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Astrophysics

  • one year ago

Fun question that requires some knowledge of calculus of variations, thought I'd derive. (Fermat's principle, Snell's law)

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  1. Astrophysics
    • one year ago
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    Consider light passing from one medium with index of refraction \(n_1\) into another medium with index of refraction \(n_2\) (Will draw figure). Use Fermat's principle to minimize time, and derive the law of refraction: \(n_1 \sin \theta_1 = n_2 \sin \theta_2\) |dw:1440132161535:dw|

  2. Astrophysics
    • one year ago
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    To minimize time, we know light travels in a straight line, so we have \[t = \frac{ s }{ v }\] and we have \[v = \frac{ c }{ n }\] where c is the speed of light in a vacuum and v is the speed of light in a medium and n is the index of refraction. \[t = \int\limits_{A}^{B} \frac{ ds }{ v }~~~~\text{where}~~~~ v=\frac{ c }{ n }\] \[ds = \sqrt{dx^2+dy^2} \implies \sqrt{1+y'^2} = f\]\[\frac{ \partial f }{ \partial y } = 0 \] \[\frac{ \partial f }{ \partial y' } = \frac{ 1 }{ 2 }\frac{ 2y' }{ \sqrt{1+y'^2} }= \frac{ y' }{ \sqrt{1+y'^2} }=C\] \[y'^2 = C(1+y'^2) = C+Cy'^2 \implies C = (1-C)y'^2 \] \[y'^2 = \frac{ C }{ 1-C } \implies constant\] letting y' = m we then have \[y=mx+b\] which we conclude is the quickest way for light to travel is a straight line, it's alright if you don't follow the math entirely I will try explaining it later haha just wanted to get this point across.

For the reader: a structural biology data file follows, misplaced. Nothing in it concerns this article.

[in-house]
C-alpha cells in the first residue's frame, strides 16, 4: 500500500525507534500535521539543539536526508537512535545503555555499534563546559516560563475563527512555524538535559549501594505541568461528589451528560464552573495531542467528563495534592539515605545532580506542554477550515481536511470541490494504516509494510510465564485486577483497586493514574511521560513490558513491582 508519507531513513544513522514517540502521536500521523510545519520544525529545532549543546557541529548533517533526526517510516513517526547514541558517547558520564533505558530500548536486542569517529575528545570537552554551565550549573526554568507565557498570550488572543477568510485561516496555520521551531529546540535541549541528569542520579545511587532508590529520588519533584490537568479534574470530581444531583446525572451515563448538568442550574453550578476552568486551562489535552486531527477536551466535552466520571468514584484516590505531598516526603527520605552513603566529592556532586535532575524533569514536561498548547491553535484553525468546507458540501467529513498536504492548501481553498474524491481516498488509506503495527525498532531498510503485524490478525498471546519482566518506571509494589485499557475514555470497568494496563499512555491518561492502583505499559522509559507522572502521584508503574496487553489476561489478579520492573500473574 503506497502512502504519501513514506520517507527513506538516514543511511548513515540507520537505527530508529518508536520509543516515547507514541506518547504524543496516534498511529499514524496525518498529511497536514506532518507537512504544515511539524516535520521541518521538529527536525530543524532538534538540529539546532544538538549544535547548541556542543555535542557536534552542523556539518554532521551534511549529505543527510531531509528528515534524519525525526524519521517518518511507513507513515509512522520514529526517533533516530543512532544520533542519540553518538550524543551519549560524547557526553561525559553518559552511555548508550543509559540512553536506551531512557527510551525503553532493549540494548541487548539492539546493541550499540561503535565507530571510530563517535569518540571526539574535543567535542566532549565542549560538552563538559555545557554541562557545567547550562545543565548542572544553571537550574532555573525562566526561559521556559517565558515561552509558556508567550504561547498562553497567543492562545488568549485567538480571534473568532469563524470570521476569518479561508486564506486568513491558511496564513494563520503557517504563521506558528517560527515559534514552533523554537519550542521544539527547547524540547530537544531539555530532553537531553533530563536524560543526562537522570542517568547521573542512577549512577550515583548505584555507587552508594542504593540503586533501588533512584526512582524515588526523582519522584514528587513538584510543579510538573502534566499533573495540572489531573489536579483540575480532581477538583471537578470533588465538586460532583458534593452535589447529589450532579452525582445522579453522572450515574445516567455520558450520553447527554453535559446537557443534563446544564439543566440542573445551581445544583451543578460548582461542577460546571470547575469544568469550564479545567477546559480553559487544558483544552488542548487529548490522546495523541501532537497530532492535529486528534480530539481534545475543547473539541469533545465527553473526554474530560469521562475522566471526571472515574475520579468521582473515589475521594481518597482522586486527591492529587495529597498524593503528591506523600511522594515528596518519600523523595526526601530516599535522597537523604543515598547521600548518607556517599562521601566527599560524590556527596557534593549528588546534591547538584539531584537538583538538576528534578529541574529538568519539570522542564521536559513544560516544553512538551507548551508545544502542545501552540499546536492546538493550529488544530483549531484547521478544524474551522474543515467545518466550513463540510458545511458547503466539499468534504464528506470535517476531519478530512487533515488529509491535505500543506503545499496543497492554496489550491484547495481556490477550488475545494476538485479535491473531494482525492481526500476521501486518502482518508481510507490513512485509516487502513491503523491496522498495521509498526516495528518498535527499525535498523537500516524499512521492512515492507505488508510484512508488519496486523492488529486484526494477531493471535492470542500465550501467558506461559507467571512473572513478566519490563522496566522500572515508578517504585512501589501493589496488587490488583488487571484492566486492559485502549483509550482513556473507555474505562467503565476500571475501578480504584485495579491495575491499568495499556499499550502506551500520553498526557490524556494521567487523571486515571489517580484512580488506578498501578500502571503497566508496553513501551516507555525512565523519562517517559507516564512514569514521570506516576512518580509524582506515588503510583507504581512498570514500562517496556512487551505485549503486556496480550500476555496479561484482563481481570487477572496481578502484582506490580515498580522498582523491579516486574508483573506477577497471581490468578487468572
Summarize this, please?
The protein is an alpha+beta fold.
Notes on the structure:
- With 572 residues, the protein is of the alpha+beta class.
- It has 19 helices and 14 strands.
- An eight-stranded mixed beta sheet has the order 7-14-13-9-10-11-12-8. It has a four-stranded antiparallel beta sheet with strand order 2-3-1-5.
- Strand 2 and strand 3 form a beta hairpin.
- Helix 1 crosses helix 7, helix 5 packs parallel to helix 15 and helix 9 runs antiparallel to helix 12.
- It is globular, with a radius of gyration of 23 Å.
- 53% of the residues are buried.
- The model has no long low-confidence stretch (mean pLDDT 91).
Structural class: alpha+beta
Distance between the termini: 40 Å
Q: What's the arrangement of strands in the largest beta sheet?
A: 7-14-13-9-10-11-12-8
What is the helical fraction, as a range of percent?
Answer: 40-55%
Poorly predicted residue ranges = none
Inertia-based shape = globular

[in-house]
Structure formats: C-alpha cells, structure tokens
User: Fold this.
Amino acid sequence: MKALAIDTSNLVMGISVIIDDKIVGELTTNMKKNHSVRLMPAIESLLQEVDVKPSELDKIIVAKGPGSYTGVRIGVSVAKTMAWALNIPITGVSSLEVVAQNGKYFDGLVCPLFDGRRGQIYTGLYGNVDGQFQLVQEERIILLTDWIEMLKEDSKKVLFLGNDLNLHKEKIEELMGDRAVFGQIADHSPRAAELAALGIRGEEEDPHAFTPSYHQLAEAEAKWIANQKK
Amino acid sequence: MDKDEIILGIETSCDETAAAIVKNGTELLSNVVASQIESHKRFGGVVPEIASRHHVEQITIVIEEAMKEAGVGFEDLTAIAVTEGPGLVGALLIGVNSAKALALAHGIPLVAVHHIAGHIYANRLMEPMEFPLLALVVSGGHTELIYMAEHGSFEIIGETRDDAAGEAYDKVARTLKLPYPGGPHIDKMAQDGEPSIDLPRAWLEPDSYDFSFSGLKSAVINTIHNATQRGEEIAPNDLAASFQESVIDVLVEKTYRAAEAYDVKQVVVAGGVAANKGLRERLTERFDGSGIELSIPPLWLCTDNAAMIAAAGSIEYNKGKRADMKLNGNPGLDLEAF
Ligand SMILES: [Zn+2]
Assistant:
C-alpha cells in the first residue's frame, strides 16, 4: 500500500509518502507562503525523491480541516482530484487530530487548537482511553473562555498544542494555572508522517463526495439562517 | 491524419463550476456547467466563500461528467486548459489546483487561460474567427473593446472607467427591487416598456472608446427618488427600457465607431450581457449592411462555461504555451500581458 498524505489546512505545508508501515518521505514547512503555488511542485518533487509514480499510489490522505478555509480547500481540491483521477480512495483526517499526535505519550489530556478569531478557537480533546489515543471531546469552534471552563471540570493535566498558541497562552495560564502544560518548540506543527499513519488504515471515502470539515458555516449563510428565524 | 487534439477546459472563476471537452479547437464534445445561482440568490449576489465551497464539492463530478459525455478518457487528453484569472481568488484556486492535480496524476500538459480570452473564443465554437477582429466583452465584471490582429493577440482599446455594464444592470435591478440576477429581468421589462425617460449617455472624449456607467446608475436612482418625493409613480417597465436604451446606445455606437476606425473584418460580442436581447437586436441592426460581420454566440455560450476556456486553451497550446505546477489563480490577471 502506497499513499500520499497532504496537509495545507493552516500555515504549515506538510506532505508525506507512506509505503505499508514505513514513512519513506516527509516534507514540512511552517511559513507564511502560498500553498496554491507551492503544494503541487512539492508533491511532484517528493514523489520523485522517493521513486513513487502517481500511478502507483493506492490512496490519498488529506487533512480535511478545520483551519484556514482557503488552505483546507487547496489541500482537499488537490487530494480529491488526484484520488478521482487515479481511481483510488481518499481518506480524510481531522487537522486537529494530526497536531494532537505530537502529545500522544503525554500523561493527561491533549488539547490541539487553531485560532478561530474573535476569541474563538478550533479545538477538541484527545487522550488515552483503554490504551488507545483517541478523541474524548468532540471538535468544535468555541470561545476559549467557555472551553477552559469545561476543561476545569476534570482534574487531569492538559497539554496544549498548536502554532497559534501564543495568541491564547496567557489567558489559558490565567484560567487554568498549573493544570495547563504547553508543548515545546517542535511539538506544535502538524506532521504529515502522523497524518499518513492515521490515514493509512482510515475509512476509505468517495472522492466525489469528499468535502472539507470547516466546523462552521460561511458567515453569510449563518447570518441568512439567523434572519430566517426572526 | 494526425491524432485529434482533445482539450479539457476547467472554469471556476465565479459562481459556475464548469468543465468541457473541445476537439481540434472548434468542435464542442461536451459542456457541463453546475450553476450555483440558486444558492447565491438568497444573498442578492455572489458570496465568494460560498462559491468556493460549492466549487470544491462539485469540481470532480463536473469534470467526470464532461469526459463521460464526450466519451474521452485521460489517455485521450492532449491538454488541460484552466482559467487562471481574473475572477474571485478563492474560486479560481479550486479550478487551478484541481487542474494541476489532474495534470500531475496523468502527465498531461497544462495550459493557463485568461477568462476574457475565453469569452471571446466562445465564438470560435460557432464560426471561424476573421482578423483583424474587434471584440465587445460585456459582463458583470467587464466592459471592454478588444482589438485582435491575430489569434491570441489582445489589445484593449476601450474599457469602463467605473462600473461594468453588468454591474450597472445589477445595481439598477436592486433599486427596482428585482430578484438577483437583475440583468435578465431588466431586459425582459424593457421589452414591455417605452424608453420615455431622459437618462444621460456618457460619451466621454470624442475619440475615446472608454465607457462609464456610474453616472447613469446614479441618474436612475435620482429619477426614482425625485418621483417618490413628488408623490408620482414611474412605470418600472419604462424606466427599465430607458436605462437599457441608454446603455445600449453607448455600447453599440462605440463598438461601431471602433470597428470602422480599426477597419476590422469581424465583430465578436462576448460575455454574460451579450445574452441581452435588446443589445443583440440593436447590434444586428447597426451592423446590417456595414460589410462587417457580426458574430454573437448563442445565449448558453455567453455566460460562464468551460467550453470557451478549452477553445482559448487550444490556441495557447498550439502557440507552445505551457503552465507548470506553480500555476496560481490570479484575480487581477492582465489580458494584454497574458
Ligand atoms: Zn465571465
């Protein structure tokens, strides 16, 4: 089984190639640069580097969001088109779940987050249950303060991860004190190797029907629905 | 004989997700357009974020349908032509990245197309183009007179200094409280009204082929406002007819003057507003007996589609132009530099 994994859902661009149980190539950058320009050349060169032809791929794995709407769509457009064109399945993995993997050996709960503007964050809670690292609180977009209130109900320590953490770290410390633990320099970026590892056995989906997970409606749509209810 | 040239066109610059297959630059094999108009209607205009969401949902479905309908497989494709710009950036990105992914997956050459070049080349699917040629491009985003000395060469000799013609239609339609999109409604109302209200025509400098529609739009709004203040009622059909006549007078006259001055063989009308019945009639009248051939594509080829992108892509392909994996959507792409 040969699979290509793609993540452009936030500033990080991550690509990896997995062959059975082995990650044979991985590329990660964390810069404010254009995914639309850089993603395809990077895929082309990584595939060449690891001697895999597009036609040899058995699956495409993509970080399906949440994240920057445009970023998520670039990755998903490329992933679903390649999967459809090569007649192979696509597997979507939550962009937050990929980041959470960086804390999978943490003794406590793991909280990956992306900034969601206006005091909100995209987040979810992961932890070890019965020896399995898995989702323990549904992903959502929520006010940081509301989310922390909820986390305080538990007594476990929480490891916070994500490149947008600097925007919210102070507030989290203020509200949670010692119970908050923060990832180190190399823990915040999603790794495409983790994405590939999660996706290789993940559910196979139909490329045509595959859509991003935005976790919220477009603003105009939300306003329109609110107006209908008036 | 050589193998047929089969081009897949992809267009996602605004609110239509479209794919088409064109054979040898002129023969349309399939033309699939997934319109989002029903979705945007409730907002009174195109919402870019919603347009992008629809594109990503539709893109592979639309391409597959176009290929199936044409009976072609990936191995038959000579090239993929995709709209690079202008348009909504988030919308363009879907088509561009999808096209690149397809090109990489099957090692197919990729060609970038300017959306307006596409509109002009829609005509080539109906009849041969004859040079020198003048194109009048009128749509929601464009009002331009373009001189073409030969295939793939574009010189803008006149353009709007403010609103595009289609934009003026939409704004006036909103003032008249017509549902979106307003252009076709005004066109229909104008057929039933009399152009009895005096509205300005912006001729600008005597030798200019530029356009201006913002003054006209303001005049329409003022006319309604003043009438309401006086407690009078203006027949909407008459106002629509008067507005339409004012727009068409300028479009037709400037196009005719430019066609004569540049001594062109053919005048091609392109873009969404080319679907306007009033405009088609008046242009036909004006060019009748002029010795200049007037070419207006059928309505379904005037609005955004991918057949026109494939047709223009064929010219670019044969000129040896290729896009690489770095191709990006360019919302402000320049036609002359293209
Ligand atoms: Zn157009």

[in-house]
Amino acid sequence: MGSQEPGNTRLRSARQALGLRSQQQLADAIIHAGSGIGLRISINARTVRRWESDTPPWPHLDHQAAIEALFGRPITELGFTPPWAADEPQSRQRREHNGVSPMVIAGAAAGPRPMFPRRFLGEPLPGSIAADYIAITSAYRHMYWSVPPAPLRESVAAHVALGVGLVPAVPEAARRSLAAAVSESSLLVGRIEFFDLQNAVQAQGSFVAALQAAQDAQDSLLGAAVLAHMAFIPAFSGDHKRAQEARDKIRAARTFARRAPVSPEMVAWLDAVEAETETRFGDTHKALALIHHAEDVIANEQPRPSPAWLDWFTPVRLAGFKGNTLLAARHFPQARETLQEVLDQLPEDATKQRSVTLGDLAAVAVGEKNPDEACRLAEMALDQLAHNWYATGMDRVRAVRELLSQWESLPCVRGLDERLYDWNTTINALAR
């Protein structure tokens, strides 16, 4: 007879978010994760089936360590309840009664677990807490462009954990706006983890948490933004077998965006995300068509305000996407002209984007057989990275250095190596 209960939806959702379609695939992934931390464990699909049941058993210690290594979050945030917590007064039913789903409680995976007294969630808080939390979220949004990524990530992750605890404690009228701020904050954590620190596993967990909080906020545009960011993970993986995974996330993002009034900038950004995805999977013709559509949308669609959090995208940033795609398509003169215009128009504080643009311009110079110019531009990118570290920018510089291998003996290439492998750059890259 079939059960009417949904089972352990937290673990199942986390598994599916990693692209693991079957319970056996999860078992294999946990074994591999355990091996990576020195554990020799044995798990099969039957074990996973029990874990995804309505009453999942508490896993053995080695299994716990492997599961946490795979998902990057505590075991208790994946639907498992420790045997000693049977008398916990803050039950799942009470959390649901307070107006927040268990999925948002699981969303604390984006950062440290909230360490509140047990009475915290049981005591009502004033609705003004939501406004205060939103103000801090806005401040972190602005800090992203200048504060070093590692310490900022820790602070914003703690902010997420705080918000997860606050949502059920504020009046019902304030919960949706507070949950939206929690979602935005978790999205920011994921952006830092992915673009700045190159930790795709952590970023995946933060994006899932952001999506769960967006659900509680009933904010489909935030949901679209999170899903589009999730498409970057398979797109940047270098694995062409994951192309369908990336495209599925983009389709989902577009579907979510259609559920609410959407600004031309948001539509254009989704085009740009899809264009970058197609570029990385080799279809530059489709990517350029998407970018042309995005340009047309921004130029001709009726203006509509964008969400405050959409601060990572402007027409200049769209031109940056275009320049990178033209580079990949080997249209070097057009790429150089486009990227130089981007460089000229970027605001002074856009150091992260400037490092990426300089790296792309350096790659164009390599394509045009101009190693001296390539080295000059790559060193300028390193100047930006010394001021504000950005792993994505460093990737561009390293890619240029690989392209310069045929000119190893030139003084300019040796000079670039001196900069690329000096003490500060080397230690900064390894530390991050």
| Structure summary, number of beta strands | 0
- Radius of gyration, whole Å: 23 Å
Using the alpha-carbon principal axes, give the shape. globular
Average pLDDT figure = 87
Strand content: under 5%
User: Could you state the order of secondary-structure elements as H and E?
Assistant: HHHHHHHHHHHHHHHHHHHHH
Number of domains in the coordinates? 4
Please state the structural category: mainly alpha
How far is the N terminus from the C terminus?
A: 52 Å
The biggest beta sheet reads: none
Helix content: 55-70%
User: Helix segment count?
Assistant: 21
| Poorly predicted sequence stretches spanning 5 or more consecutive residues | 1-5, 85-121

3. Astrophysics
    • one year ago
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    Now the funner stuff, deriving Snell's law \(n_1 \sin \theta_1 = n_2 \sin \theta_2\) |dw:1440133592210:dw| I know there's a lot going on in this drawing and it's not the greatest but I hope it will get the point across haha.

  4. Astrophysics
    • one year ago
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    |dw:1440133766815:dw| hence we have \[t = \frac{ n_1 }{ c }\sqrt{h_{A}^2+x^2}+\frac{ n_2 }{ c }\sqrt{(l-x)^2+h_{B}^2}\] as the light is going through a medium the velocity must be \[\frac{ c }{ n_1 }~~~\text{and}~~~\frac{ c }{ n_2 }\] now we take the derivative and set it equal to 0. \[\frac{ dt }{ dx } = 0\] \[\frac{ d }{ dx }\left( \frac{ n_1 }{ c } \sqrt{h_{A}^2+x^2}+\frac{ n_2 }{ c }\sqrt{(l-x)^2+h_{B}^2}\right)=0\] ...simplifying after taking the derivative we get \[\frac{ n_1x }{ c \sqrt{h_{A}^2+x^2} }-\frac{ n_2(l-x) }{ c \sqrt{(l-x)^2+h_{B}^2} }=0\] and using the beautiful triangle I made haha...we have \[\sin \theta_1 = \frac{ x }{ \sqrt{h_{A}^2+x^2} }\] and \[\sin \theta_2 = \frac{ (l-x) }{ \sqrt{(l-x)^2+h_{B}^2} }\] Setting \[\frac{ n_1 }{ c }\frac{ x }{ \sqrt{h_{A}^2+x^2} } = \frac{ n_2 }{ c }\frac{ (l-x) }{ \sqrt{(l-x)^2+h_{B}^2} }\] we then get...\[n_1 \sin \theta_1 = n_2 \sin \theta_2 \] hopefully I did it correctly :P well that was fun.

  5. Astrophysics
    • one year ago
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    @ganeshie8 @IrishBoy123 @Michele_Laino @Empty @nincompoop

  6. Michele_Laino
    • one year ago
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    nicely done!! @Astrophysics

  7. Astrophysics
    • one year ago
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    Thanks @Michele_Laino !! :)

  8. Michele_Laino
    • one year ago
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    :)

  9. Astrophysics
    • one year ago